Former White House Press Secretary Uncomfortable With Spicer's First Briefing Part of a press secretary's job is to keep the president's initial reactions out of the public, but that could change with President Trump. Former press secretary Ari Fleischer shares his insights.
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Former White House Press Secretary Uncomfortable With Spicer's First Briefing

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Former White House Press Secretary Uncomfortable With Spicer's First Briefing

Former White House Press Secretary Uncomfortable With Spicer's First Briefing

Former White House Press Secretary Uncomfortable With Spicer's First Briefing

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  • <iframe src="https://www.npr.org/player/embed/511103584/511103585" width="100%" height="290" frameborder="0" scrolling="no" title="NPR embedded audio player">
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Part of a press secretary's job is to keep the president's initial reactions out of the public, but that could change with President Trump. Former press secretary Ari Fleischer shares his insights.

MICHEL MARTIN, HOST:

We're going to start the hour taking another look at the most recent confrontation between President Donald Trump and the media. On Saturday afternoon, President Trump claimed that crowds attending his inauguration were the largest ever to attend an inauguration. The government no longer makes official crowd estimates, but photographic evidence and public transit data show that statement is not true. A short time later the new White House Press Secretary, Sean Spicer, reiterated Mr. Trump's claim and also accused journalists of intentionally framing photographs to minimize Friday's inaugural crowds.

At the time there were not accurate figures, but since then local public transit figures from the Washington Metropolitan Area Transit Authority have backed up media reports. Seven hundred eighty-two thousand people rode the transit system on the day of President Obama's second inaugural, far more than the 570,000 people who rode Metro on Friday for President Trump's inauguration. Even apart from all that, it was a tense way to start off for the Trump administration and the White House press corps.

To talk more about that we called former White House Press Secretary Ari Fleischer, who served in the administration of President George W. Bush and also tweeted about all this. And he is with us now. Mr. Fleischer, thanks so much for speaking with us.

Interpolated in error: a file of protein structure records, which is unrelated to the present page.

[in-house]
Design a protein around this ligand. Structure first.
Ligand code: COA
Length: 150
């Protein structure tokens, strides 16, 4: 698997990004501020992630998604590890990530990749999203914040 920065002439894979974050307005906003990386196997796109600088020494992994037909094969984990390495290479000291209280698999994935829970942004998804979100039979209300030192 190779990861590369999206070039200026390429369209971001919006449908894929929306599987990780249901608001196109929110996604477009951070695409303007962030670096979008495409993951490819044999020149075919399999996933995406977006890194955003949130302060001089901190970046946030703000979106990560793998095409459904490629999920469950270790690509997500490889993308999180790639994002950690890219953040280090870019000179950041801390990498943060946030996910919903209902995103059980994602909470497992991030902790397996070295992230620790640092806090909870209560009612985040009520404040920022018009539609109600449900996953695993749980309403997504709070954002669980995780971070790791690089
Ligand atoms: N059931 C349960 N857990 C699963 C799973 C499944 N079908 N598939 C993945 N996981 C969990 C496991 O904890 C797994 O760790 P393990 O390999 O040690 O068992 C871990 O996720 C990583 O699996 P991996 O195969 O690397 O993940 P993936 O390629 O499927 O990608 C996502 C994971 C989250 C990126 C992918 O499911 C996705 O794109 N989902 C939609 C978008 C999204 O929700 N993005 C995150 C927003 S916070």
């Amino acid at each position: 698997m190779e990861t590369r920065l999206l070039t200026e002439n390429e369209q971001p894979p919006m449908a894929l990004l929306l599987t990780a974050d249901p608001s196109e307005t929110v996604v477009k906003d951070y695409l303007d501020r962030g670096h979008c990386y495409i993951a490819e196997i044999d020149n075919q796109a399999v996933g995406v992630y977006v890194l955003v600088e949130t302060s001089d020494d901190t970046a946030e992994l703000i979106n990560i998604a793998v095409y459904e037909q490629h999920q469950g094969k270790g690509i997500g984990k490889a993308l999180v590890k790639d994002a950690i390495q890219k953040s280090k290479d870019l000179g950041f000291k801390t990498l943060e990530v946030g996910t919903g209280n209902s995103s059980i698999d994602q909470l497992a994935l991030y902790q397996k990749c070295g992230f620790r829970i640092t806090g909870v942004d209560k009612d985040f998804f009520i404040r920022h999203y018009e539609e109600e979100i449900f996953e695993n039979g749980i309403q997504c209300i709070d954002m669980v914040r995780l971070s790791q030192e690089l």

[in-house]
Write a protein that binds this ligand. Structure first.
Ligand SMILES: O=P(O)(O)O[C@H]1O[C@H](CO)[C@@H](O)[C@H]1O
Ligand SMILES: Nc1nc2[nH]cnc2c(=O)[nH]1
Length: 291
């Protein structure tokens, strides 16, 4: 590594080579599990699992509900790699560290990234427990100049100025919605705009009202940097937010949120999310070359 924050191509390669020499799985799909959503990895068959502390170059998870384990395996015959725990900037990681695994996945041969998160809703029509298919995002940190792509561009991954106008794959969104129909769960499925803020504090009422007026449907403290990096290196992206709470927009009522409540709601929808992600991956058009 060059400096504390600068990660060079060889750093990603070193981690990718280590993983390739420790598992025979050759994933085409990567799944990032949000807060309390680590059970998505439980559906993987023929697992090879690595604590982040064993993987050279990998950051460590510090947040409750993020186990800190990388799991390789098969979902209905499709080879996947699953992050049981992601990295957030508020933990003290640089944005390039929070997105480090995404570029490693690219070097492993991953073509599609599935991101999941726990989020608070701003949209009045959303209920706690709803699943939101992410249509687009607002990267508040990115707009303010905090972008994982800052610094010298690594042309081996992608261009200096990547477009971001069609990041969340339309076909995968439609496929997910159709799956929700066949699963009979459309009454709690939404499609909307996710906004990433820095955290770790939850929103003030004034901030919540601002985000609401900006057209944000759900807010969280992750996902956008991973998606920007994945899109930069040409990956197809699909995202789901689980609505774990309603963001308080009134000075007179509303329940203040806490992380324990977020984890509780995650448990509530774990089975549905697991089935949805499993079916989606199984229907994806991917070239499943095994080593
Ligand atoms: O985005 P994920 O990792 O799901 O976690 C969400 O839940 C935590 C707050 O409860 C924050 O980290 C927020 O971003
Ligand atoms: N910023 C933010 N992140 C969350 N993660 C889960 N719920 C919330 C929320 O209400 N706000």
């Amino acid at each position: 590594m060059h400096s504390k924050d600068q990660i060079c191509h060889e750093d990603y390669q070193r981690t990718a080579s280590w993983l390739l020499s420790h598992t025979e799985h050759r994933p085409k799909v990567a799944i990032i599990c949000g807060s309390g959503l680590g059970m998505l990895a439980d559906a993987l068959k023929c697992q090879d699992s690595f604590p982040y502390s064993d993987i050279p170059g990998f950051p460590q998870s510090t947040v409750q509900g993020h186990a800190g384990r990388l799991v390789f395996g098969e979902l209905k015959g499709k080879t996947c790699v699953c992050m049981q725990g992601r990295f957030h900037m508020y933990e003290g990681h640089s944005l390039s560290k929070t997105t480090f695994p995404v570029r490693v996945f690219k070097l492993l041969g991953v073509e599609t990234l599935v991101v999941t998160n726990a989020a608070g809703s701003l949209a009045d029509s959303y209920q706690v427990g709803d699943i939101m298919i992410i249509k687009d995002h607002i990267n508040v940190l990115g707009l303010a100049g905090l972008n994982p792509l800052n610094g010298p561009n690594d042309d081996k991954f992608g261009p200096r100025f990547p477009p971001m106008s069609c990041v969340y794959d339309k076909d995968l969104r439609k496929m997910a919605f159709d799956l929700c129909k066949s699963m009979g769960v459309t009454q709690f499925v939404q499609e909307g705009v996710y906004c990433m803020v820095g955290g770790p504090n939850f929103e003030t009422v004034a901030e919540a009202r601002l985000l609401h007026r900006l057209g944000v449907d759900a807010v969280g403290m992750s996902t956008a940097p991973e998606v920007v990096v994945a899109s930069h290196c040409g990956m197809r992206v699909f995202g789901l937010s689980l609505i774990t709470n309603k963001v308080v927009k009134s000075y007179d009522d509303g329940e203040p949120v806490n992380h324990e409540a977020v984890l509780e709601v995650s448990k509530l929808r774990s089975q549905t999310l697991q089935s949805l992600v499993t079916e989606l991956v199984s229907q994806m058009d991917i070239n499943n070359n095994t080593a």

ARI FLEISCHER: Glad to be here.

MARTIN: You tweeted that the presser left you, quote, "uncomfortable and concerned, and the press is right to be upset," unquote. How come?

FLEISCHER: Because it's so confrontational right off the bat and because no questions were taken. But I also advise you have to see this as more than a Saturday story. On Monday, Sean is going to be accountable. Sean is going to stand in front of the press and he's going to take questions. He'll either be able to back up what he said and justify it or he'll be pilloried. And that's why I take a long view of what was said. It leaves me uncomfortable, but it's not over yet.

MARTIN: Why does it leave you uncomfortable?

FLEISCHER: Because I don't like this confrontation. I am much more of a traditionalist. I fought with the press. I wrestled with the press. It comes with the territory. But it can go too far. And that's my concern here. Now, the press, though, I have to say has made itself vulnerable to this. According to the Gallup poll, trust by the American people in the press has never been so low. The American people question whether the press report things accurately and fairly. And it's the worst ratings Gallup has ever shown for our country and for the press. And so the press has invited this vulnerability onto itself, and we're watching this live now on TV.

MARTIN: You tweeted last night and you wrote that this is called a statement you're told to make by the president, and you know the president is watching. Tell us more about that.

FLEISCHER: Well, Michel, as I sat there watching - and I instantly could tell what was going on behind the scenes. And that was Sean Spicer, a man I've known for almost 20 years - he used to work in the Bush administration - was told to do this. I know Sean, and Sean can be tough and combative. That's part of the job. But this clearly was told by the president to Sean to go out and correct what was wrong. And, you know, I try to look at these things from both lenses, the president's and the press's.

From the president's lens, he was falsely accused of removing the bust of Martin Luther King from the Oval Office. Reporter got it wrong and apologized for it, but still the administration was quickly faulted for something it did not do. I can see why that would anger Donald Trump and the administration. Then when it comes to the crowd sizes, the photo that everybody was talking about that was widely shown on the internet was a picture taken 45 minutes before the swearing-in. I think the only real photo should be the one taken at noon to compare to previous crowd sizes.